Lyon found that coots also exhibit a remarkable ability to count their own eggs. Like many birds, American coots are indeterminate layers, meaning they use external cues such as number of eggs or their surface area to decide when to stop laying. If they couldn’t distinguish between parasitic eggs and their own, the final clutch would contain fewer host eggs. Instead, the coots who recognized parasitic eggs, and later rejected them, didn’t alter their egg laying. In contrast, the coots that couldn’t tell the eggs apart laid one less egg for every parasitic one in the nest.
Knowing that many parasitic eggs pass the rejection test, Lyon’s graduate student Daizaburo Shizuka (Ph.D. ‘09), now an associate professor of biological sciences at the University of Nebraska–Lincoln, wondered if the coots could further mitigate the costs of nest parasitism by discerning their own chicks.
In the nest, parasitic eggs—although deposited early by sneaky coots—typically hatch later amongst a brood that emerges over several days. In the field, Shizuka and Lyon documented more deaths of parasitic chicks than the hosts’ true chicks. This finding led them to suspect that the birds imprint on their own young that arrive early, using them as a template for recognizing the chicks that hatch later.
To test this hypothesis, Shizuka and Lyon conducted three cross-fostering experiments in wetlands of British Columbia between 2005 and 2008. They controlled the order in which the parents met their young after hatching by presenting them with either their own chick, a parasitic one, or both on the first day, followed by equal numbers of parasitic and true chicks over five subsequent days. Sure enough, the parents used the identity of the first provided chick, host or parasite, to discriminate against the other, which sometimes meant unleashing brutal aggression in the form of pecking and drowning to eliminate the unwelcome guests. “It was really non-random,” Shizuka said.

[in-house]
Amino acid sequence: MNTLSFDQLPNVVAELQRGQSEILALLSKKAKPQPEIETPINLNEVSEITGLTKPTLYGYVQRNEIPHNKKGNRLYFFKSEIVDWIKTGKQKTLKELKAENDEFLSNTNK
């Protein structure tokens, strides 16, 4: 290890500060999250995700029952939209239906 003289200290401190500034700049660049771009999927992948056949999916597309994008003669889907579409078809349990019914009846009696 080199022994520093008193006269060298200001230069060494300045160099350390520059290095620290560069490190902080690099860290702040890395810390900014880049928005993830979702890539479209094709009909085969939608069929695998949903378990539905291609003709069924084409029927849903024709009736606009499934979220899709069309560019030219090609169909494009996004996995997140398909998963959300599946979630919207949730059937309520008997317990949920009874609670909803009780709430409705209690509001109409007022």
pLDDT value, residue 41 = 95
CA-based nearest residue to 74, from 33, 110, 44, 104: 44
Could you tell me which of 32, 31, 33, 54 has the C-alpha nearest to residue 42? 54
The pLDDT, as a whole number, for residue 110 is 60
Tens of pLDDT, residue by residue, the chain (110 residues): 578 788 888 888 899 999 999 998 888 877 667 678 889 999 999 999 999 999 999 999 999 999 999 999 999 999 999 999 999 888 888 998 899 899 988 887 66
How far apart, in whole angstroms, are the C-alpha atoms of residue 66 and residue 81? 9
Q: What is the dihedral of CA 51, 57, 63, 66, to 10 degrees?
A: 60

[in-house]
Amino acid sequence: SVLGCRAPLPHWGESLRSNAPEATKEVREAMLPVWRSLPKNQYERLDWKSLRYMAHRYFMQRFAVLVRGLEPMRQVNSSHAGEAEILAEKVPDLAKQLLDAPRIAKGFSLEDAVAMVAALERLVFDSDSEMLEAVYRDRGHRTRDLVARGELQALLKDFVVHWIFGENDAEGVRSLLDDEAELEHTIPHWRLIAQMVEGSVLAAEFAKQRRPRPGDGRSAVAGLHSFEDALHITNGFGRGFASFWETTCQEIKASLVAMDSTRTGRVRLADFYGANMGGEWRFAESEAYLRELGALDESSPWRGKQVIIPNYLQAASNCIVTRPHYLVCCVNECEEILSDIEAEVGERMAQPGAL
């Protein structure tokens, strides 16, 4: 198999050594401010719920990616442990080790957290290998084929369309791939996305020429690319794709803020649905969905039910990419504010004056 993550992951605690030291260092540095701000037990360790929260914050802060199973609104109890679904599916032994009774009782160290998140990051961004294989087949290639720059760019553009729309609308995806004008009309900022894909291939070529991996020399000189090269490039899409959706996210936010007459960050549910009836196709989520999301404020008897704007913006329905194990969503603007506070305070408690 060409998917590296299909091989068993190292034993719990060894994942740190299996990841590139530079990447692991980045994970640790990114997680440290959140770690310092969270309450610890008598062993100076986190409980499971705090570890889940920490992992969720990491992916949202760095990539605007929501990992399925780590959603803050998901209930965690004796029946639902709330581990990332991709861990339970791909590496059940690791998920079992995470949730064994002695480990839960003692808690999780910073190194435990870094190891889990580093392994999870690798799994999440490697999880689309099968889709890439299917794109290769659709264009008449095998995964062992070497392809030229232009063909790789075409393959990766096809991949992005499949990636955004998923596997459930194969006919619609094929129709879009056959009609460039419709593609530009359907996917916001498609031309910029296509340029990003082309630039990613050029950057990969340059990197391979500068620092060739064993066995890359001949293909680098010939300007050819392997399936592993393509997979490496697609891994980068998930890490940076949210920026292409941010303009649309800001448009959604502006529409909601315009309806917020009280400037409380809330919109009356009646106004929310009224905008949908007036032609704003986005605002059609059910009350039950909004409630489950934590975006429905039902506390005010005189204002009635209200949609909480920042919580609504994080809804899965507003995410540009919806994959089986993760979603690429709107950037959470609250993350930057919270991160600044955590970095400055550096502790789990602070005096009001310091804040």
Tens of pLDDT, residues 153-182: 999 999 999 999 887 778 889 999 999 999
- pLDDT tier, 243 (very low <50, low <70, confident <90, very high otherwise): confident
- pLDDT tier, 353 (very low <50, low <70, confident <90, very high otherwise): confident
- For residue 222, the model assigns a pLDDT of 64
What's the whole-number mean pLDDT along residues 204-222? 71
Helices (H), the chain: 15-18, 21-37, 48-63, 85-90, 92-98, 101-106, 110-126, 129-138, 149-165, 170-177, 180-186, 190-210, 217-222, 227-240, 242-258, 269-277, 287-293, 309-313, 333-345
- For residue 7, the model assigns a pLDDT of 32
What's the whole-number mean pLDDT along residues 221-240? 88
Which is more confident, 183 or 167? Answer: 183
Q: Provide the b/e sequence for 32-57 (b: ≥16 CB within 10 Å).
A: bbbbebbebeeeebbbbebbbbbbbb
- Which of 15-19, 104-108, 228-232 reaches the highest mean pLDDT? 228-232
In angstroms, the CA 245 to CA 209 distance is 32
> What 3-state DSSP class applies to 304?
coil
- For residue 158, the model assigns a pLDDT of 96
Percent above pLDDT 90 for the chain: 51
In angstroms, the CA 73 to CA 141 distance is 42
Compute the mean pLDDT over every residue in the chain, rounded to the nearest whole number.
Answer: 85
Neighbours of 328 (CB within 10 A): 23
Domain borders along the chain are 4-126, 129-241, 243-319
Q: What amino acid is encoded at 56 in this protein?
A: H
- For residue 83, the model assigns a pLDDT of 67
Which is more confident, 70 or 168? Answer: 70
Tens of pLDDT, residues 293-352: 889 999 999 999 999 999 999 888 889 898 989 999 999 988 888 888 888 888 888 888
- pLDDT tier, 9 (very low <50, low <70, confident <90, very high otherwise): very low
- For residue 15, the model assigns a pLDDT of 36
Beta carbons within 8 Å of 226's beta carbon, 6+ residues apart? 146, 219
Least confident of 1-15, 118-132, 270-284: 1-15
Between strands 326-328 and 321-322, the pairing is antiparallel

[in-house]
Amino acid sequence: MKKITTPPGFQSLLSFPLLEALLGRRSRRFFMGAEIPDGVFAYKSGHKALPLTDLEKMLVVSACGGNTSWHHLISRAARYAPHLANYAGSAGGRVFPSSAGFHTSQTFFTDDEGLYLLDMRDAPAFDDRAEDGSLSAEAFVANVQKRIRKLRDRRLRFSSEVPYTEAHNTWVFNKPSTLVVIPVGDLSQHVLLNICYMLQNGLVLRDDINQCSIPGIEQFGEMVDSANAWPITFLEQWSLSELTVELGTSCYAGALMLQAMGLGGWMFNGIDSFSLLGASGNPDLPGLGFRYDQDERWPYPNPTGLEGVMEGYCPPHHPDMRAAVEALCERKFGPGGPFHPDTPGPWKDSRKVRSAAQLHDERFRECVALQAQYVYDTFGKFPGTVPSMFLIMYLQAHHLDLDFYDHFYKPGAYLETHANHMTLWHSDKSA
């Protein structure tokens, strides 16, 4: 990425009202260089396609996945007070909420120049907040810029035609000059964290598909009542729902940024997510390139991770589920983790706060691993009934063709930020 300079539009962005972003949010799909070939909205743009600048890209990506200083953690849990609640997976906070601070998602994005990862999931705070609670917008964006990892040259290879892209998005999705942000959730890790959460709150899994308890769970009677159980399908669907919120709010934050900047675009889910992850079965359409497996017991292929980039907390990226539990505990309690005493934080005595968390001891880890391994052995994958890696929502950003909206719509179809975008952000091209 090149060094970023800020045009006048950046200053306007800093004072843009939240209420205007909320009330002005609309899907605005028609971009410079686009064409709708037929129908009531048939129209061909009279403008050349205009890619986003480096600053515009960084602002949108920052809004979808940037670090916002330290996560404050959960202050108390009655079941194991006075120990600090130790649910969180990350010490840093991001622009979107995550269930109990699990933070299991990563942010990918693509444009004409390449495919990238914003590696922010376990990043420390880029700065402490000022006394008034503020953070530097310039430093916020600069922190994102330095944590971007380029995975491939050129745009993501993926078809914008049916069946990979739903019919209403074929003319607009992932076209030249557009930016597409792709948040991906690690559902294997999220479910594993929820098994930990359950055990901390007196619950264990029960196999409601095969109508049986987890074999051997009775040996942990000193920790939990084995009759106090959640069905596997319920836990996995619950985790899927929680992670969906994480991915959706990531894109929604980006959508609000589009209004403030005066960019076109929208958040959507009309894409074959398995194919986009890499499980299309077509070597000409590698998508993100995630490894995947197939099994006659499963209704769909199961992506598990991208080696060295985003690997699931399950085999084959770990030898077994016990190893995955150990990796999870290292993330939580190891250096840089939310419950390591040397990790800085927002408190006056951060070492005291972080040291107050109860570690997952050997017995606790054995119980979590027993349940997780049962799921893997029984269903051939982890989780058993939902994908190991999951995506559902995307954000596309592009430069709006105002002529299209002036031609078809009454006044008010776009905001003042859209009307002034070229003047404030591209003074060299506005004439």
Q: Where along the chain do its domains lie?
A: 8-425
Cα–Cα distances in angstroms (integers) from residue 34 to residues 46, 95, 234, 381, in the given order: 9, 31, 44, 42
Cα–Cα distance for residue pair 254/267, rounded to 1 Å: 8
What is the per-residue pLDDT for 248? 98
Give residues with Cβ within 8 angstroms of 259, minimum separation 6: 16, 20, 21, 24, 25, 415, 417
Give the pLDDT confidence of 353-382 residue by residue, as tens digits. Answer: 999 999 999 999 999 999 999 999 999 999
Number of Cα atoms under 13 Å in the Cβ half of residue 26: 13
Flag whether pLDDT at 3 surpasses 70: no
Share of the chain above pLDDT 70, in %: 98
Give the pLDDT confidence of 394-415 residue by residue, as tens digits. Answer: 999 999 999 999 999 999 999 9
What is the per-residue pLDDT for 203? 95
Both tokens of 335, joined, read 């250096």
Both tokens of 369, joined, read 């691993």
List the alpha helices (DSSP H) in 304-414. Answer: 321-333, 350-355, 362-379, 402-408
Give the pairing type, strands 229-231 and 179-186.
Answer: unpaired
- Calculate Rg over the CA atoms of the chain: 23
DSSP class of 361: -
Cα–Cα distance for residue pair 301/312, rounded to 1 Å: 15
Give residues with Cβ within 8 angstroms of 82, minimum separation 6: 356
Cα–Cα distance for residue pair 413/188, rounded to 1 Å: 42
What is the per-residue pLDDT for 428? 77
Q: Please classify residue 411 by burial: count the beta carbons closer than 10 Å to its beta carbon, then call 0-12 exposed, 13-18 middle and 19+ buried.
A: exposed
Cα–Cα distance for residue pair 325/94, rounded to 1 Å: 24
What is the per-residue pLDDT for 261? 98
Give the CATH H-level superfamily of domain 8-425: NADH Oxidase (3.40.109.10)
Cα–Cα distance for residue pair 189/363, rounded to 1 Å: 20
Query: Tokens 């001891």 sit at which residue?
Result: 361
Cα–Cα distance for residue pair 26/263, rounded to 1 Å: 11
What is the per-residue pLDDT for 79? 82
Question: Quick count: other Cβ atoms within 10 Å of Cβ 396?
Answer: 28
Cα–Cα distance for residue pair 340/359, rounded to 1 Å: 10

It gets more complicated. Parasitic chicks, although hatching later, usually come from the first few eggs laid by females before they begin laying in their own nests. These early eggs produce duller chicks—a consequence of laying order: chicks from eggs laid later sport ostentatious orange feathering. This means that the duller chicks must compete for food with the host’s younger, but showier, chicks born around the same time. At first, parents feed all their chicks on a first-come-first-served basis, but then the more ornamented orange offspring become their priority, and Shizuka and Lyon found that the flashiest chicks receive more food. In an earlier experiment, Lyon and colleagues compared orange chicks with dull ones whose colorful feathers had been experimentally trimmed, showing that the orange ones grew faster and had an increased chance of survival. Additionally, when older, duller offspring tried to steal food from their younger siblings, parent coots aggressively discouraged them. These findings all suggest that survival may be an uphill battle for parasitic chicks.